The Archbishop of Canterbury, Dr. Rowan Williams, has generously taken time out from his busy schedule coping with the crisis provoked in the Church of England by the appointment of a homosexual bishop in New Hampshire to instruct us barbarous and ignorant Americans that terrorists can have "serious moral goals." Who knew? Speaking to the Royal Institute for International Affairs, according to the Daily Telegraph of London, His Eminence (or is it His Grace?) said that, "while terrorism must always be condemned, it was wrong to assume its perpetrators were devoid of political rationality. 'It is possible to use unspeakably wicked means to pursue an aim that is shared by those who would not dream of acting in the same way, an aim that is intelligible or desirable.'"
So let me see if I've got this straight, Archbish: the whole terrorism thing is all to be understood in terms of, like, means and ends? And it may occasionally be the case that the ends don't, like, justify the means? And just because even pacific Anglicans like yourself may occasionally make so bold as to object when terrorists blow up non-combatant women and children, it does not by any means follow (does it?) that the reasons why they have chosen to blow up non-combatant women and children are bad reasons? Hm, yes. I see. By Jove, I think I've got it. What a thing learning is!
It was a Christian deed to relieve us of our burden of ignorance, the more so because, as Dr. Williams also said, "in ignoring this, in its criticism of al-Qa'eda, America 'loses the power of self-criticism and becomes trapped in a self-referential morality.'" All very true, no doubt, though I don't think I myself am quite up to following him through these dense intellectual thickets. Say, just for the sake of argument, that America's "criticism" of al Qaeda were directed at the means (blowing people up, remember?) rather than the ends (er, what were they again?). Say, further, that that criticism took the form of military action to reduce al Qaeda's capacity for blowing people up. By what logic does he find that America thereby "loses the power of self-criticism"?
Maybe he only means that, in criticizing al Qaeda by making war on it, America shows no evidence of such self-criticism -- though it would be very odd if it did. But granted that self-criticism is a very good thing in general, is it also a good thing for al Qaeda? Is it also a good thing for Lambeth Palace? Does he see any evidence of it in either of those places? Could it be that the terrorists and even the Archbishop himself are also "trapped in a self-referential morality"? How would they know if they were -- any more than America knew before he so kindly set us straight? Whew! It's all too many for me. At least I'm capable of that much self-criticism.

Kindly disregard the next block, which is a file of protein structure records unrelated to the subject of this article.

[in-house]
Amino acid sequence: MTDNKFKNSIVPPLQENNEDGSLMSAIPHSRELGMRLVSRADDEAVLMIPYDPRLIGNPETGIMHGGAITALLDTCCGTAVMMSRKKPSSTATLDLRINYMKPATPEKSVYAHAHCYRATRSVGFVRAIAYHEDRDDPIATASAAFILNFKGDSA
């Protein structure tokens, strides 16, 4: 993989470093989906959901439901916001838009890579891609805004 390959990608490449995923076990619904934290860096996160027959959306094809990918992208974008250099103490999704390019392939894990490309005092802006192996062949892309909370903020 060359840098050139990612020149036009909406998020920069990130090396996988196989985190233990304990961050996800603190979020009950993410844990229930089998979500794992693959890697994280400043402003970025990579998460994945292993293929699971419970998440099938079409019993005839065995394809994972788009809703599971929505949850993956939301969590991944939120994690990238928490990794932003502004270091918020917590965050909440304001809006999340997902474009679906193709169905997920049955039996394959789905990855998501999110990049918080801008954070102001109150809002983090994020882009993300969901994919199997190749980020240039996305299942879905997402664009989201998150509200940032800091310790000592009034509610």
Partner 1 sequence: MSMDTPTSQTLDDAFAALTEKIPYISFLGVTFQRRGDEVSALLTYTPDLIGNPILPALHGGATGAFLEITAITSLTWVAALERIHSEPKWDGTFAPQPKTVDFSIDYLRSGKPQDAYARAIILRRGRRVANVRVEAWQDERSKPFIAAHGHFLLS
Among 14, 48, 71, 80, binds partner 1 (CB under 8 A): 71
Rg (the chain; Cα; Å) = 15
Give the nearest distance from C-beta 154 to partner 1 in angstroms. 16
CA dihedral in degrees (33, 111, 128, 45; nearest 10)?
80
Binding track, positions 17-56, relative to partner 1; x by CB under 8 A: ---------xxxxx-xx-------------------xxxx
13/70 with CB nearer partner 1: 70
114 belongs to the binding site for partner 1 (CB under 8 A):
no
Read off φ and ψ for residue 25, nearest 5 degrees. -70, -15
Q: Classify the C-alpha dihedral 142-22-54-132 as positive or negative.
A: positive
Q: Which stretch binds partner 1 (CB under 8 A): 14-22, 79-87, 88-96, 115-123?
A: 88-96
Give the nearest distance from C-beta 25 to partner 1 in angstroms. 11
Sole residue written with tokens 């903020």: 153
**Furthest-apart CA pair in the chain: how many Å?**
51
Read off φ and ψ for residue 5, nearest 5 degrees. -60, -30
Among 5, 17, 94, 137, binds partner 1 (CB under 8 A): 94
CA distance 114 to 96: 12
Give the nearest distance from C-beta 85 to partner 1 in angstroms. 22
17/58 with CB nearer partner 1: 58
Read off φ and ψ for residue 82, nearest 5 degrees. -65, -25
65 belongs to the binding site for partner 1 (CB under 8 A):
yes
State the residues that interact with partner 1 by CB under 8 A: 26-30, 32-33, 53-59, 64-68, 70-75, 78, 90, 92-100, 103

And my bewilderment grows with Dr. Williams's statement that, again according to the Telegraph, the more general purpose of his speech was "to challenge violence 'as the tool of private interest or private redress'" -- by which he meant "that no government should act as its own judge on whether to launch military action against a rogue state." But wait! Isn't "government" the opposite of "private"? Oh, I see. He explains himself. "If a state or administration acts without due and visible attention to agreed international process, it acts in a way analogous to a private person. It purports to be judge of its own interest."
Analogous, eh? More big words, Mr. Archbishop! So if the violently-acting state or administration is "analogous to a private person" what is the terrorist group attempting to kill him analogous to? Or does the burden of analogousness, and with it the presumed denial of the right to self-defense -- or even "to be judge of its own interest" -- fall on the state or administration alone and not on the terrorist group with its "intelligible or desirable" motives for blowing people up? Do they, the terrorists, then act with due and visible attention to agreed international process? Do they not judge of their own interest? And if violence confers privacy, does that mean that everything public must be non-violent? How then can any war ever be fought in the public interest?
There must be something that they teach in archbishop's school that enables a man to understand such reasoning -- or else the dwindling but increasingly gay and female flock of Anglican worshipers is now so bright and frightfully educated that Dr. Williams has grown unused to dumbing down the homilies for the rest of us. Suggestions as to what he could possibly have meant by everything said after saying that terrorists can have "serious moral goals" will be gratefully accepted.
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